Peritoneal dialysis technique survival at Tygerberg hospital in Cape Town, South Africa
Thesis (MPhil)--Stellenbosch University, 2017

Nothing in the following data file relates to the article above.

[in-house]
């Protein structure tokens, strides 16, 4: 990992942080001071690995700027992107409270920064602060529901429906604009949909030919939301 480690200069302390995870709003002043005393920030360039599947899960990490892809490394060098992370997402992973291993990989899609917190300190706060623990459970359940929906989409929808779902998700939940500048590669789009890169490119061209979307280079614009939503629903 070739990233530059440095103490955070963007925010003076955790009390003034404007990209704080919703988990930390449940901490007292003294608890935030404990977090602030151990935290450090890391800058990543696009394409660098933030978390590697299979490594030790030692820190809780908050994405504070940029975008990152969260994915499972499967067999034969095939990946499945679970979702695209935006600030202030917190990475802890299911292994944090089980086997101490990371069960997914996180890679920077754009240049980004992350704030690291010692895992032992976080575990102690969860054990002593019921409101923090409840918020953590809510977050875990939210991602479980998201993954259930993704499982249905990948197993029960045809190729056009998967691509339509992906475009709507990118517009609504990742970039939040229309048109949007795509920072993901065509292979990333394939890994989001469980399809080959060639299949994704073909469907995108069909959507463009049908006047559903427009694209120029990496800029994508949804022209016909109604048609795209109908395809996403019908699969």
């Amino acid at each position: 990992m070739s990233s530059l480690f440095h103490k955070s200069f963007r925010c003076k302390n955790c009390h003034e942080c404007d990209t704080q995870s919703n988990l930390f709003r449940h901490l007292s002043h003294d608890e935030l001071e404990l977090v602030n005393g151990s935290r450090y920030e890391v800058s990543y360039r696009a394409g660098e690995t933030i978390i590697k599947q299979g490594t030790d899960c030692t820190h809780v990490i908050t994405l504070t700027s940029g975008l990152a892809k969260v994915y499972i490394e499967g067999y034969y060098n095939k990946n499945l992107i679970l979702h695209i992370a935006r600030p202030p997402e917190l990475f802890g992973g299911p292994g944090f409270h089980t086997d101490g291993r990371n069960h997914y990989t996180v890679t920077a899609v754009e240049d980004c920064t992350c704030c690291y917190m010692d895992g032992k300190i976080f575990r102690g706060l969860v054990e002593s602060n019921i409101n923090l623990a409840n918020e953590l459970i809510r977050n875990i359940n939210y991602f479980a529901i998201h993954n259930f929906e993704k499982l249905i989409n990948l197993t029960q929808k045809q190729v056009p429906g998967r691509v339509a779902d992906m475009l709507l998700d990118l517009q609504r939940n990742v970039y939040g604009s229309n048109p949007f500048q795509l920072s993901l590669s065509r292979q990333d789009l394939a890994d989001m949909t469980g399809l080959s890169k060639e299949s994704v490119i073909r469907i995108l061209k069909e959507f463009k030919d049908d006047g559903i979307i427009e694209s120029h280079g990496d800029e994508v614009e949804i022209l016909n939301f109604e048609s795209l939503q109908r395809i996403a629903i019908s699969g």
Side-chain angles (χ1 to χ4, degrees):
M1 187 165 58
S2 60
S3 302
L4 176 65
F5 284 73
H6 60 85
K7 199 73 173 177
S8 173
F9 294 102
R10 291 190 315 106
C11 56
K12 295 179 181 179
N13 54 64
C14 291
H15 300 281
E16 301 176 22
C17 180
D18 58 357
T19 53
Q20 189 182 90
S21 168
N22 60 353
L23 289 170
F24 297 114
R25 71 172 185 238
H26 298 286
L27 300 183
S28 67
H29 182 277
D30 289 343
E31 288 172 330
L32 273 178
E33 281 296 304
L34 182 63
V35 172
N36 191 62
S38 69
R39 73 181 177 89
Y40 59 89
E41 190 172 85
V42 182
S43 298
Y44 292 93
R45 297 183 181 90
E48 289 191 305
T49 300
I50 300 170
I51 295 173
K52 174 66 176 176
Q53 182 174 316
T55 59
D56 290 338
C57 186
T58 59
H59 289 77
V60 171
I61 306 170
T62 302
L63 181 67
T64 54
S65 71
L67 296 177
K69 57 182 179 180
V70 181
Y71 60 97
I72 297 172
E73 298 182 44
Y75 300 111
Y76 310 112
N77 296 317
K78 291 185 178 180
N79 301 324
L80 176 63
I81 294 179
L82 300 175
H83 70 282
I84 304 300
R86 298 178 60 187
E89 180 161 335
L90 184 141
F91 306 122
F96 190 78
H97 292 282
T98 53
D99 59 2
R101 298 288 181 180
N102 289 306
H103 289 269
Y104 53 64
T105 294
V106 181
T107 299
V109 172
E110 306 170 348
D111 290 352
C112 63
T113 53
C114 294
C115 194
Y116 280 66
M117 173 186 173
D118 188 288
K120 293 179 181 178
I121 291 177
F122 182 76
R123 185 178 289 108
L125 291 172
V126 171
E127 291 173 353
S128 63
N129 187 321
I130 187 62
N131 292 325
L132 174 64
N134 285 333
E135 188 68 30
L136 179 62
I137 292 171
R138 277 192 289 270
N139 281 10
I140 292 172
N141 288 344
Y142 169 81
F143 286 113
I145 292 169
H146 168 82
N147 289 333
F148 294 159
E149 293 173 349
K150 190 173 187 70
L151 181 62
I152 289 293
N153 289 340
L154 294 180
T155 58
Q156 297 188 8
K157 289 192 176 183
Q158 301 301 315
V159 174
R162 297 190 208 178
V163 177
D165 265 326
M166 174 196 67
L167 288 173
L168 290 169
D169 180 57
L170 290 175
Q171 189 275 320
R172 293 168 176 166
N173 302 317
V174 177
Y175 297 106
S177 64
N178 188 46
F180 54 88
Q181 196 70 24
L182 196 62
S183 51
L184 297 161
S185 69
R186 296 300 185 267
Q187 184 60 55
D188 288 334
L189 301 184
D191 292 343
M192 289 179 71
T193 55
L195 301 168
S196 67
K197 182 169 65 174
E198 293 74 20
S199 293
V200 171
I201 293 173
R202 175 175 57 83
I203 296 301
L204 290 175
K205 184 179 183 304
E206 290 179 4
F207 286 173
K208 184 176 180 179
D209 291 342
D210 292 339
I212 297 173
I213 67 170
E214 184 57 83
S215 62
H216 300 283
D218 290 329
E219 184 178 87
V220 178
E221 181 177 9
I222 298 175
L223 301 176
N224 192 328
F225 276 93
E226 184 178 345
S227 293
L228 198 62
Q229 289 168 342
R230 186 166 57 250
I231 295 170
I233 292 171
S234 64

Background: Peritoneal dialysis (PD) technique failure invariably occurs in patients with end-stage renal disease who are treated with this modality and results in increased morbidity and mortality. Various factors have been associated with the development of technique failure. Identifying such factors in a PD program is important to minimize the rates of technique failure and maintain patients on PD. Methods: In this retrospective study at Tygerberg Hospital in Cape Town, South Africa, we studied 170 patients who were started on CAPD and determined rates of technique and patient survival. Demographic, clinical and laboratory data were assessed to identify risk factors for these outcomes. Results: The median age of the patients was 36 years with the commonest cause of ESRD being glomerulonephritis. Only one patient had diabetes mellitus. Technique survival at 1, 2, 3 and 5 years was 78.5%, 60.4%, 54.5% and 39.6% respectively while patient survival was 90.8%, 86.8%, 83.6% and 63.5%. Peritonitis was the most common cause of technique failure. On multivariate analysis, the occurrence of peritonitis (OR 57.41, CI 11.19- 294.70, p < 0.001) and Black race (OR 6.43, CI 1.58-26.14, p = 0.009) increased the likelihood of technique failure. Other clinical and social factors were not significantly associated with the occurrence of technique failure. Conclusion: In our ESRD patients on PD, Black race and peritonitis were important factors in the development of technique failure. Concerted efforts are required to reduce peritonitis rates at our centre as this is the main cause of technique failure.
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